- Save the raise. When you receive a raise or bonus, fight the urge to spend it right away and pay down your highest-interest debt.
- Find ways to replace high-frequency purchases. If you buy a coffee every day at your favourite coffee shop, consider investing in a single-serve coffee machine at home. You’ll still feel like you’re treating yourself but at half the cost. Even better, if you can suffer with drip-coffee, it’s significantly less expensive.
- Sell your car. Cars are well-known for their high cost of ownership and with working remotely becoming more popular, do you really need a car?
- FOMO. Everyone has it so I need it too. This is very common and partially why Apple products are so popular. Its hive mentality encourages users to stay in their technology ecosystem. The higher-end mobile phones often require higher monthly plans on top of their high price tag. Consider opting for a cheaper model and compare the monthly costs.
- Remove subscriptions. How many streaming services are you subscribed to? Try slimming it down to just one and try to find content that you wouldn’t normally watch. Similarly, Amazon Prime makes shopping so easy and “free shipping” encourages you to easily “Add to cart” items that you don’t really need.
- Special occasions. When restrictions are lifted, there is sure to be an influx of weddings and other special events. You’ll have an urge to buy new outfits for every wedding. If you really don’t have anything to wear, consider setting a budget and find items that can be repurposed in creative ways.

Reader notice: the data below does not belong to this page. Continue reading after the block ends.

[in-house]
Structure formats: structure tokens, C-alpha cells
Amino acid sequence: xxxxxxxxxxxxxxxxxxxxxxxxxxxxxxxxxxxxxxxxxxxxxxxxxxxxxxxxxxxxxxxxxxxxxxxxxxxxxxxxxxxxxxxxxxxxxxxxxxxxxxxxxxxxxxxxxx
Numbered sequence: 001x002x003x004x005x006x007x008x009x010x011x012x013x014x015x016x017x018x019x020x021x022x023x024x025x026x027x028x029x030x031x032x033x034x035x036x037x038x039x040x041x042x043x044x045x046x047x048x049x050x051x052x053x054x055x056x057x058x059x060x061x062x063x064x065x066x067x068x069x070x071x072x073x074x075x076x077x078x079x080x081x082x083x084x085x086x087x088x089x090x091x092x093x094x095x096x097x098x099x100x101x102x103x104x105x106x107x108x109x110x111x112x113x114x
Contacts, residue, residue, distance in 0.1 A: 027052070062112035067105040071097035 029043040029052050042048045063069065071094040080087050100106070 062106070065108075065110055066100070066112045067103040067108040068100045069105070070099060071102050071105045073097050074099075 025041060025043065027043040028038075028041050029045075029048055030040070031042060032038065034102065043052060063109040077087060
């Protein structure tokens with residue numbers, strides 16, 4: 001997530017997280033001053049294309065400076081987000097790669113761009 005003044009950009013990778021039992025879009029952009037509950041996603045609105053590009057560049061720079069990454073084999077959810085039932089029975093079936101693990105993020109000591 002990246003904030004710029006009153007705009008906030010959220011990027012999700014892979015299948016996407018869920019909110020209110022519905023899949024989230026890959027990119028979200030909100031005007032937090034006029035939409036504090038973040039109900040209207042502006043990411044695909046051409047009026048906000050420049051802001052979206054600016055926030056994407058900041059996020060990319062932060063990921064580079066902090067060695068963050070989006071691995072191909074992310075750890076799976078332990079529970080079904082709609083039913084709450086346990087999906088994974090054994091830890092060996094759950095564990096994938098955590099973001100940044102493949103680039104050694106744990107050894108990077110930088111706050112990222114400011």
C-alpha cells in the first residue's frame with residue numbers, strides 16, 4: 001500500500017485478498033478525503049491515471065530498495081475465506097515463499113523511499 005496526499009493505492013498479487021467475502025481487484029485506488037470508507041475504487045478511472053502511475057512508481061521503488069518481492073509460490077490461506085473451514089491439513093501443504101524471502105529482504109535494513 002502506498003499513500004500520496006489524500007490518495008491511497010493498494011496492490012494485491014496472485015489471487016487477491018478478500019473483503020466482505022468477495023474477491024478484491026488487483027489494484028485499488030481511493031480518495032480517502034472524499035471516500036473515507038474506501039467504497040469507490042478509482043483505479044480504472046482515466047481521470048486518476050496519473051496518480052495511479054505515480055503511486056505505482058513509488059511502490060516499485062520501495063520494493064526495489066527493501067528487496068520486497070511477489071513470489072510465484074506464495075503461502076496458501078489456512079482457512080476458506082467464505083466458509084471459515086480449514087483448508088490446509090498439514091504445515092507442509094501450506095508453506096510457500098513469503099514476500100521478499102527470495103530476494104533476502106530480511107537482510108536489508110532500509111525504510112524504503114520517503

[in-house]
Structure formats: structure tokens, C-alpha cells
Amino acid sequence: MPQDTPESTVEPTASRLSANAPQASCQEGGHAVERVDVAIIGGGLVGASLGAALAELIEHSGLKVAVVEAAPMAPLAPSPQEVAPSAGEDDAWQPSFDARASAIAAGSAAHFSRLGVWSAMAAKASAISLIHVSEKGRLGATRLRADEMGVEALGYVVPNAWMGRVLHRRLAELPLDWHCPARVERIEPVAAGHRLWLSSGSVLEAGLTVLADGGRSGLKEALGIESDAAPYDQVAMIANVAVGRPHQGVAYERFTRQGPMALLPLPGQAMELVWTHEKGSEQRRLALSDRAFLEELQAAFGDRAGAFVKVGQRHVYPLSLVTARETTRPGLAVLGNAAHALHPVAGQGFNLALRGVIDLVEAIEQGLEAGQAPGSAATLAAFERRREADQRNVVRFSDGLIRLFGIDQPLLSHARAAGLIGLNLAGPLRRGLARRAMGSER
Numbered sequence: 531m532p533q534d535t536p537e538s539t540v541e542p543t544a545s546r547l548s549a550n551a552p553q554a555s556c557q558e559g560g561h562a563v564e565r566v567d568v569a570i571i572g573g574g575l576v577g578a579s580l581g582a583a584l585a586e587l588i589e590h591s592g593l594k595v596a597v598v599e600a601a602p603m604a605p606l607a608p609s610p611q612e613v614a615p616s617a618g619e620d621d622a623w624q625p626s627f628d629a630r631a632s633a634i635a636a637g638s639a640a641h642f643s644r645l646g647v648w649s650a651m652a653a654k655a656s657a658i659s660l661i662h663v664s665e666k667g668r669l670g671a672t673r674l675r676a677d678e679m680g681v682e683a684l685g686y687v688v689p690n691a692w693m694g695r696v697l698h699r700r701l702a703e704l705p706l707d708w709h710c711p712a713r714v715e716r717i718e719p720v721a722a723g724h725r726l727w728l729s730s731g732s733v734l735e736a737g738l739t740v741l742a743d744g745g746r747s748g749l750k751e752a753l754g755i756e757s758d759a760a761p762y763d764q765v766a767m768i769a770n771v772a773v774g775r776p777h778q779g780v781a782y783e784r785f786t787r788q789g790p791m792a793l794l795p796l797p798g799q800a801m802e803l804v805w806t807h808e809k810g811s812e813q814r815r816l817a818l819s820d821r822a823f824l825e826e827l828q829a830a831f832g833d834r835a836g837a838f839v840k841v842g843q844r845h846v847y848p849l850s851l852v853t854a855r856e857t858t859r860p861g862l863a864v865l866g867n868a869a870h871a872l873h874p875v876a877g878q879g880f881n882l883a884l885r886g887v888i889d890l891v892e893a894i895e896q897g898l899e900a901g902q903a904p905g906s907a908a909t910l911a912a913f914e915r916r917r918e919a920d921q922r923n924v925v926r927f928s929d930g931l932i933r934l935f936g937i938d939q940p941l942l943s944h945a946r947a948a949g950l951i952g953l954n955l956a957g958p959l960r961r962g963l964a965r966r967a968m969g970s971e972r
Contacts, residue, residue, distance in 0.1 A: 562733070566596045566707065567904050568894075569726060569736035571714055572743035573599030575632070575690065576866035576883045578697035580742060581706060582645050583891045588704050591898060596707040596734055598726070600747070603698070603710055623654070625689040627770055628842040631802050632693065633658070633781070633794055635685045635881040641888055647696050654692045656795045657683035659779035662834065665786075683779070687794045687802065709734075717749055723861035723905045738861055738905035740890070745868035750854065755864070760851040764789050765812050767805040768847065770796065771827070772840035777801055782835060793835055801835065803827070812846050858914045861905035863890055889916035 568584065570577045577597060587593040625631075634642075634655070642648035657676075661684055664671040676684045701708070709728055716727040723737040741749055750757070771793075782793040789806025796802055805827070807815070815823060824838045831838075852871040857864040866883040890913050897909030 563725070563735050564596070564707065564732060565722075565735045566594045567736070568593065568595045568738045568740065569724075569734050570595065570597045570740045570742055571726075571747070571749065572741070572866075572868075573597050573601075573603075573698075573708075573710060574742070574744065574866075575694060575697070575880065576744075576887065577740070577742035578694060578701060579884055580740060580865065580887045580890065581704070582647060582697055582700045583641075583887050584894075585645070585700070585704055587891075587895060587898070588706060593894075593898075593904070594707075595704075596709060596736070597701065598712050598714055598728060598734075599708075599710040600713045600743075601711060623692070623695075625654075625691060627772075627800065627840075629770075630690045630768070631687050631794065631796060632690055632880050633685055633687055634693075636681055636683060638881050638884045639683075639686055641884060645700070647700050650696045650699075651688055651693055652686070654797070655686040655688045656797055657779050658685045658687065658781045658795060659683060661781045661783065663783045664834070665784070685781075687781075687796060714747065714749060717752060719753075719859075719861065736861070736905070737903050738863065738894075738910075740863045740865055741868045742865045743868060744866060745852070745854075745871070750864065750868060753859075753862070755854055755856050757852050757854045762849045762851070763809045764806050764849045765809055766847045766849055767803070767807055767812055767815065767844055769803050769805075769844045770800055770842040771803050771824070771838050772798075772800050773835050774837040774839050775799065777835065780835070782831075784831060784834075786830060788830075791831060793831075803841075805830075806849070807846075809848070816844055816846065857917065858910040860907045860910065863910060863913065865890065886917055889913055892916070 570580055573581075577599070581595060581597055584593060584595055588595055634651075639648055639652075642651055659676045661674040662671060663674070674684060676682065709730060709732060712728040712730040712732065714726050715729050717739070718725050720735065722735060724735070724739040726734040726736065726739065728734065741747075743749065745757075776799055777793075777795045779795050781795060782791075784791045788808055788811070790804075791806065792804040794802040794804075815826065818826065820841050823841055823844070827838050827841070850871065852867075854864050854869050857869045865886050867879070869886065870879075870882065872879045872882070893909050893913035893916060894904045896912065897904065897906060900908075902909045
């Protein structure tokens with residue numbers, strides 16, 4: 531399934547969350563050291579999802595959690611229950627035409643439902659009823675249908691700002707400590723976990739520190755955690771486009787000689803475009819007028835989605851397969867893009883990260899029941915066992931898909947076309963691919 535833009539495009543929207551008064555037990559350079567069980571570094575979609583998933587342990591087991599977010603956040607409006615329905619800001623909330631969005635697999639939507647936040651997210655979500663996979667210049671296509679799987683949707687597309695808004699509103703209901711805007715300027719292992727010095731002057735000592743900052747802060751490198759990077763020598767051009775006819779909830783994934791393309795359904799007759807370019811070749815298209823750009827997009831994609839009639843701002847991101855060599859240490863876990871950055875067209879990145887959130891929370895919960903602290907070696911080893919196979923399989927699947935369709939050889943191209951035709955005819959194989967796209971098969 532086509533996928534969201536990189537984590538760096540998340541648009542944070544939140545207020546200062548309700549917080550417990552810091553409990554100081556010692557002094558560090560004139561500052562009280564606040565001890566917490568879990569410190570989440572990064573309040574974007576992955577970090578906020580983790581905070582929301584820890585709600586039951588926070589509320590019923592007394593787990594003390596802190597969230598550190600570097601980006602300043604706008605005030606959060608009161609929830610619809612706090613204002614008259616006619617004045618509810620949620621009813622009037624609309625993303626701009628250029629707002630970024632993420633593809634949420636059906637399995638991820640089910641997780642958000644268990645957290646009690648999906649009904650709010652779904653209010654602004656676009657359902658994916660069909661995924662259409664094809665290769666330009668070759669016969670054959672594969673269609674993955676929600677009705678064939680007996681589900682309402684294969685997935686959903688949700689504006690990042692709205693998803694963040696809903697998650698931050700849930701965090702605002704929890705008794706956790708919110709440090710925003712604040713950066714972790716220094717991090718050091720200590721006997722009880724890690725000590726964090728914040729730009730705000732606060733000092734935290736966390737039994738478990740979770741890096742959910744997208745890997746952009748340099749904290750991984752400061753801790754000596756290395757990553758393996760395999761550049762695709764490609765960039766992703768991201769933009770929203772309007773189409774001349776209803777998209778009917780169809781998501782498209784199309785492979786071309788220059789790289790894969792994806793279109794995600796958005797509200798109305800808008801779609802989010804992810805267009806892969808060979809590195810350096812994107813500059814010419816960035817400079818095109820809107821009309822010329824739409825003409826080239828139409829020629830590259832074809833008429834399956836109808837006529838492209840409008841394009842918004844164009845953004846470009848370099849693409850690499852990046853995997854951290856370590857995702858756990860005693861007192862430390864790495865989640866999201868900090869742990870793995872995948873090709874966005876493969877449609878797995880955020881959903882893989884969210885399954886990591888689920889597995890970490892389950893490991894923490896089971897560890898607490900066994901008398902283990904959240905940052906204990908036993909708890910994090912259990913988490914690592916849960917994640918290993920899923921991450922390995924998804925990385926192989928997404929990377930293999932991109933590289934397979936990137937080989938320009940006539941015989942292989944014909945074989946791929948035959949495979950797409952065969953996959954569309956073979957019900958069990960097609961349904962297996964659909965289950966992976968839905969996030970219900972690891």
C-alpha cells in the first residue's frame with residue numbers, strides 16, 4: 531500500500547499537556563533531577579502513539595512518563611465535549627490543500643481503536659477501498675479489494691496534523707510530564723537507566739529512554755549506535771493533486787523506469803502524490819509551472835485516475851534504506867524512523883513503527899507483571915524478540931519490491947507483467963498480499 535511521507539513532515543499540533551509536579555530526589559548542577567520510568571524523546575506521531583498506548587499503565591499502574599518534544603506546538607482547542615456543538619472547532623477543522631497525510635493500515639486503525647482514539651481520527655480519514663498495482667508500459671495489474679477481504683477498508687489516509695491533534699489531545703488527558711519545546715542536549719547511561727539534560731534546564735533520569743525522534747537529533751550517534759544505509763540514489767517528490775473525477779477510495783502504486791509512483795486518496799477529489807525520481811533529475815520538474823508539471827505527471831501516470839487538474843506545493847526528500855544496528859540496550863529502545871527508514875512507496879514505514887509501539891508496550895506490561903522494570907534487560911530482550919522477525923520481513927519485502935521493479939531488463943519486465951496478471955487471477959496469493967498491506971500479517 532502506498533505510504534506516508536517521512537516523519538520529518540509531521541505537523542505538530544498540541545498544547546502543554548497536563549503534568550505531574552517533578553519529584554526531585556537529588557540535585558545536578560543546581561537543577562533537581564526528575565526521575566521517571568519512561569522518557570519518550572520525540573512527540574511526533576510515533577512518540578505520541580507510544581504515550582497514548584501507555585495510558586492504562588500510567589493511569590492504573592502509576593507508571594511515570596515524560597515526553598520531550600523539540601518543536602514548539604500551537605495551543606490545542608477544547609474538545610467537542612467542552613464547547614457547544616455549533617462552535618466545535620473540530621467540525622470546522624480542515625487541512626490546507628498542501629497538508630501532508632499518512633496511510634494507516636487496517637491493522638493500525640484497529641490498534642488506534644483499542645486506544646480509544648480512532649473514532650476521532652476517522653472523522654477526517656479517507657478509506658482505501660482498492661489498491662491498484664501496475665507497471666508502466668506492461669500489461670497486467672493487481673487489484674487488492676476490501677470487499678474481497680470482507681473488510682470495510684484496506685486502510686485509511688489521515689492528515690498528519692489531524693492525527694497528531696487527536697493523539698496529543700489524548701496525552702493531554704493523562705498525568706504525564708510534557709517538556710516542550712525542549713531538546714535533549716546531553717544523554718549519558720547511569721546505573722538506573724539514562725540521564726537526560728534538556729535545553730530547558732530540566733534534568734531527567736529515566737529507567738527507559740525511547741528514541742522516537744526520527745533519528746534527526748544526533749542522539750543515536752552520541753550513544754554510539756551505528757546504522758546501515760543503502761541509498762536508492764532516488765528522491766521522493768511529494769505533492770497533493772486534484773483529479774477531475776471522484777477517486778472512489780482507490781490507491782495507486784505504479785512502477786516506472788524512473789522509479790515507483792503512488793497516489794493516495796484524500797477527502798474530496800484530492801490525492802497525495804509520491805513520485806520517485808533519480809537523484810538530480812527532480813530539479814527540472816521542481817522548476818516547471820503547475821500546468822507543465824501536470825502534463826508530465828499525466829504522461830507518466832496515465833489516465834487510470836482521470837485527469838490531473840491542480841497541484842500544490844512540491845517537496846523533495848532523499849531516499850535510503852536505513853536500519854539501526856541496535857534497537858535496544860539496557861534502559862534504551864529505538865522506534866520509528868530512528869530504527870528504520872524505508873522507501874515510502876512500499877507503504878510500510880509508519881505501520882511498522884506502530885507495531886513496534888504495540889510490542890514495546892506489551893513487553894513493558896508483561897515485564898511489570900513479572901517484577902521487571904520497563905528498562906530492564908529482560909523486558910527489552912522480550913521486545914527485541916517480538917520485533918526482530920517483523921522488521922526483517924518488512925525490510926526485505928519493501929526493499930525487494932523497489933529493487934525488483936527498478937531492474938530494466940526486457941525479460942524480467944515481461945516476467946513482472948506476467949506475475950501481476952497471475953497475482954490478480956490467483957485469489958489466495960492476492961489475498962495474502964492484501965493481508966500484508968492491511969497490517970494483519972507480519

- Use a budget. The idea of not spending money isn’t meant to not have fun. By using a budget, you can allocate monthly spending allowances that include entertainment and fun. Just keep an eye on your monthly spending and make adjustments as you notice your habits and life changes.
Finding ways to stop spending money will take patience and sacrifice. I don’t recommend you do everything at once, simply start with one way to stop spending money and once you have that routine in place, add another.
Working with a financial planner can help you identify areas you can stop spending money and begin saving for your future. Speak with a Scrivens financial advisor today.